Shia leader attacked in Iraq

More violence is reported even as US soldiers build wall to protect Sunni enclave.

    US-led security cracdown in Baghdad has failed to prevent car bombings [AFP]

    Ammar al-Hakim also holds positions in SCIRI.

       

    In February, US troops detained Ammar al-Hakim for several hours near the Iranian border, sparking protests in Shia cities. He was later freed.

     

    Separation wall

     

    Meanwhile, US soldiers were building a five kilometre-long wall to protect a Sunni enclave, Adhamiya, which is surrounded by Shia neighbourhoods and "trapped in a spiral of sectarian violence and retaliation," the military said.

     

    Work on the cement wall at Adhamiya began on April 10, a mainly Sunni Arab area surrounded on three sides by Shia communities.

       

    "The wall is one of the centrepieces of a new strategy by coalition and Iraqi forces to break the cycle of sectarian violence," Sergeant Mike Pryor, a public affairs officer, wrote in an article released by the US military.

     

    Adhamiya is on the east bank of the Tigris River. Eastern Baghdad is predominantly Shia although there are some Sunni areas such as the nearby Fadhil district, a Sunni stronghold.

     

    Shia disapproval

     

    In a Friday sermon given to Shia worshippers in Kufa, 160km south of Baghdad, Mohammed al-Mohamadawi, a sheikh loyal to Muqtada al-Sadr, condemned US forces in Iraq.

     

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    "American forces are conducting an offensive on a mosque in al-Baiyaa, and worshippers are falling. Let the government see what the occupiers are doing to our people."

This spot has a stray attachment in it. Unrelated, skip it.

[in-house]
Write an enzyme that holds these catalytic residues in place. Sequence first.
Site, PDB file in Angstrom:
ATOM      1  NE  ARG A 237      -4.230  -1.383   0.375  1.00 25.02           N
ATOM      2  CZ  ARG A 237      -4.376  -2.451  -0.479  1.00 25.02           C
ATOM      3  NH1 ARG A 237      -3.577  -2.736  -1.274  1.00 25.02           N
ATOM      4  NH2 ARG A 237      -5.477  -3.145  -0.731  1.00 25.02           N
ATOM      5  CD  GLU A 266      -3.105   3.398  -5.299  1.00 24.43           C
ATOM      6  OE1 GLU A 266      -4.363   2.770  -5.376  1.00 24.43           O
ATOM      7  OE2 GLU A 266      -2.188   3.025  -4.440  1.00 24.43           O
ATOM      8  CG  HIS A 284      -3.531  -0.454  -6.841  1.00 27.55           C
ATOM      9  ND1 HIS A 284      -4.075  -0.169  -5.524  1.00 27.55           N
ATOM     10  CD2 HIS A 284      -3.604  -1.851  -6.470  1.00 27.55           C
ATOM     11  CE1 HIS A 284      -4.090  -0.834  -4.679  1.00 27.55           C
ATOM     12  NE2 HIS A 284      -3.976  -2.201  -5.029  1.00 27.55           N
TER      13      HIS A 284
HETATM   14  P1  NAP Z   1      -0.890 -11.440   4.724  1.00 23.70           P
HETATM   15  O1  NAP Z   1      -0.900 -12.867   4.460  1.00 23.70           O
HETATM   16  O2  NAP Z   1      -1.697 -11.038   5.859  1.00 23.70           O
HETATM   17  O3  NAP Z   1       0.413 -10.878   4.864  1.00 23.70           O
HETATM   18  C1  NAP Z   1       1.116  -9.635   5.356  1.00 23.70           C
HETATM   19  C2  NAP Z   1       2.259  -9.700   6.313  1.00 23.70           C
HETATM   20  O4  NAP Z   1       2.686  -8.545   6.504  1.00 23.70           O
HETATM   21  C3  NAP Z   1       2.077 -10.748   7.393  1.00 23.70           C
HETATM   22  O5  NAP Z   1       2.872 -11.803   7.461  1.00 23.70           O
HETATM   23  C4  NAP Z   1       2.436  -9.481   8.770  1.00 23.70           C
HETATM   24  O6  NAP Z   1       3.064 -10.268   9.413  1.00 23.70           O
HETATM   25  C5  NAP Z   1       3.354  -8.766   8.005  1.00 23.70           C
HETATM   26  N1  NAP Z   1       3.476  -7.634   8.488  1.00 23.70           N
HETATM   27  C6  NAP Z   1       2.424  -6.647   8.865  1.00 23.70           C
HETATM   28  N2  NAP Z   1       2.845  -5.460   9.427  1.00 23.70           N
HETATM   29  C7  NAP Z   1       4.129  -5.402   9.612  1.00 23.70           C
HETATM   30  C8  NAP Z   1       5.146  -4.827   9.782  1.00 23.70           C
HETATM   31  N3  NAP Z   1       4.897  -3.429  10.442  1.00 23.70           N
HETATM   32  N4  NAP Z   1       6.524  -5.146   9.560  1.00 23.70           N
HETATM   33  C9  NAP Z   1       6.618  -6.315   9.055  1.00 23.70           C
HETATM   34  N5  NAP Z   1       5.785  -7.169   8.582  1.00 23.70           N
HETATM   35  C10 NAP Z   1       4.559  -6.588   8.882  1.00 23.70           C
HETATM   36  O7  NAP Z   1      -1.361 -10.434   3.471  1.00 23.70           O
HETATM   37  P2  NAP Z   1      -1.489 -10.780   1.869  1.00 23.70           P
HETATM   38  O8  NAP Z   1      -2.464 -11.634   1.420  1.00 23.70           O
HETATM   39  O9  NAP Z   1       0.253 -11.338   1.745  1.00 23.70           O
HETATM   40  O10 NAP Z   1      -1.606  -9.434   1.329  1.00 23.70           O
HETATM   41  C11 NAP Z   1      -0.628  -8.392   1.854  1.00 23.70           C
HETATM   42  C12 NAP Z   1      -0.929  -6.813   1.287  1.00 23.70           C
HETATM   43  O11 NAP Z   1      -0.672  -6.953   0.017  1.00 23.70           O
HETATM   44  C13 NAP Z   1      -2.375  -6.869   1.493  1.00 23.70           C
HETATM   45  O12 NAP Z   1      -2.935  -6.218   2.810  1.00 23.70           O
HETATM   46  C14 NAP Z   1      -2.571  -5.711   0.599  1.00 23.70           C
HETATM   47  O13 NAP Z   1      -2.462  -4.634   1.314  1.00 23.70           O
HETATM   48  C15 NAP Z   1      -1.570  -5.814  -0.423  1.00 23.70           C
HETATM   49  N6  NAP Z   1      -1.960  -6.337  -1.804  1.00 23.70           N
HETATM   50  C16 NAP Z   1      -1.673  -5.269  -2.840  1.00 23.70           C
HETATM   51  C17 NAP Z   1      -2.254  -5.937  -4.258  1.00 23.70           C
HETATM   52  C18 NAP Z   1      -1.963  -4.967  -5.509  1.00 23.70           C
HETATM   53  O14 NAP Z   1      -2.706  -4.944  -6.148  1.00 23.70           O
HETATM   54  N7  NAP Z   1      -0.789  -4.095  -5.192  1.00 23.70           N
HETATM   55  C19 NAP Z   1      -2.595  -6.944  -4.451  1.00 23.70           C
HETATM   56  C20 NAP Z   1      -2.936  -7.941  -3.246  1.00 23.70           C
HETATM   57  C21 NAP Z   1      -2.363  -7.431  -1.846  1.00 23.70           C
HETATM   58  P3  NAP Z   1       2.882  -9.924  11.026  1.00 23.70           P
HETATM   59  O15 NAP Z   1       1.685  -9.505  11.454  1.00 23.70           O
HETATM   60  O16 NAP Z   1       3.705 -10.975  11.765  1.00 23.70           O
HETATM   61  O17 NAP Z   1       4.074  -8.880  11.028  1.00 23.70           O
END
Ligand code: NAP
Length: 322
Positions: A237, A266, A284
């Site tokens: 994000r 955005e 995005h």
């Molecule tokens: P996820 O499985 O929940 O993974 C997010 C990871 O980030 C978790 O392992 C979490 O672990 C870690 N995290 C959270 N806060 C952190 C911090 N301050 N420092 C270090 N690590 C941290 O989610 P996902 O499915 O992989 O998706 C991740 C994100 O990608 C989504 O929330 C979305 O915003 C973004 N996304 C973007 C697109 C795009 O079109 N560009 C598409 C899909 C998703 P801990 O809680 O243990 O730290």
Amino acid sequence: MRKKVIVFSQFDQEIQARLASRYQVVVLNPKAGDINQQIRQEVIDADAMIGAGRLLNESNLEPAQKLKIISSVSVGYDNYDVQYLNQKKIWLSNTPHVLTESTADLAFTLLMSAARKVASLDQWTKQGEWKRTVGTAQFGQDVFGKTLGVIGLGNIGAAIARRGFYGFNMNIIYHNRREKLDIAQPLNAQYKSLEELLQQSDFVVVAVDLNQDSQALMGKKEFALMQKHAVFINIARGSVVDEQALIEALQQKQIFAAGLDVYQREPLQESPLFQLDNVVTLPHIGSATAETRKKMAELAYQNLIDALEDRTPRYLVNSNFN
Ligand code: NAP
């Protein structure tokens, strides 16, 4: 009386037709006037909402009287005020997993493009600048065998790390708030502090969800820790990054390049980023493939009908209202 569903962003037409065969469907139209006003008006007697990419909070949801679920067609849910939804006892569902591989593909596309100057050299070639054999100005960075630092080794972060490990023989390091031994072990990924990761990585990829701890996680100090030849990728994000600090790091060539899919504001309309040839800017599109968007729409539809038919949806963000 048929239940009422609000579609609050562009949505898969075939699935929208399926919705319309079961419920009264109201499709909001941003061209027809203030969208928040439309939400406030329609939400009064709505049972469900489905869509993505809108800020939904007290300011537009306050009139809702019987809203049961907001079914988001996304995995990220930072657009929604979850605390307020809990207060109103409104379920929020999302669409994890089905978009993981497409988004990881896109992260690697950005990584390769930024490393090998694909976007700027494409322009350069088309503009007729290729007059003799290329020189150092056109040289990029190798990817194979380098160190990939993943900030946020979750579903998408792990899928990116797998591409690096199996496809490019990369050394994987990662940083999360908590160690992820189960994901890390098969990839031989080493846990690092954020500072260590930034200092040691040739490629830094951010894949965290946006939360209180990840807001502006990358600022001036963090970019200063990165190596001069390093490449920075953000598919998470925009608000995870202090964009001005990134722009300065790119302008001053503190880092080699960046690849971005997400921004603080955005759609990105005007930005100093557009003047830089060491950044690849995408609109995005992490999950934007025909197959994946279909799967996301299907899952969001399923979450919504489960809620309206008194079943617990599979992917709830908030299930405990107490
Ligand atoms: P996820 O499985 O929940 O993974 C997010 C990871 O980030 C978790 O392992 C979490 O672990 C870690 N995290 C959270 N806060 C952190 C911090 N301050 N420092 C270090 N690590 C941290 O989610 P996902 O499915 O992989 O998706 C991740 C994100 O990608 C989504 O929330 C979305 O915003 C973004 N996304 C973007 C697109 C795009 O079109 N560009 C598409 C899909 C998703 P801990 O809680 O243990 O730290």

In an attempt to reduce car bombs on Fridays, vehicle bans were imposed on Baghdad and the northern cities of Tal Afar and Mosul, the authorities said.

     

    The ban in Tal Afar began early on Friday and would be in place until further notice, police commander Ibrahim al-Jibouri said.

     

    Intelligence reports indicated car bomb attacks were being planned in the area, he said.

     

    A similar ban in Mosul, effective from the night before, remained in place on Friday.

     

    More violence

     

    In other violence, police said a roadside bomb killed one civilian and wounded three others southeast of Baghdad.

     

    A rocket attack on a US military base killed one soldier and wounded two others, the military said on Friday.

      

    The projectile struck a forward operating base in the town of Mahmudiyah, south of Baghdad, on Thursday night.

      

    The death took the US military's losses in Iraq to 54 for this month alone and to 3,314 since the March 2003 invasion, according to an Associated French Press count based on Pentagon figures.

     

    Clashes erupted between armed men and US and Iraqi forces around a Shia mosque in western Baghdad just before Friday prayers, witnesses and local media said. The US military said it was looking into the reports.

     

    One witness said American helicopter fired on the mosque in Baiyaa, a religiously mixed neighbourhood in western Baghdad, just before noon.

     

    "We were unarmed worshippers heading to the mosque for Friday prayers, and American Apache [helicopters] and tanks bombed the mosque and opened fire on worshippers," said Basim Abu Ali, who lives nearby.

    SOURCE: Agencies


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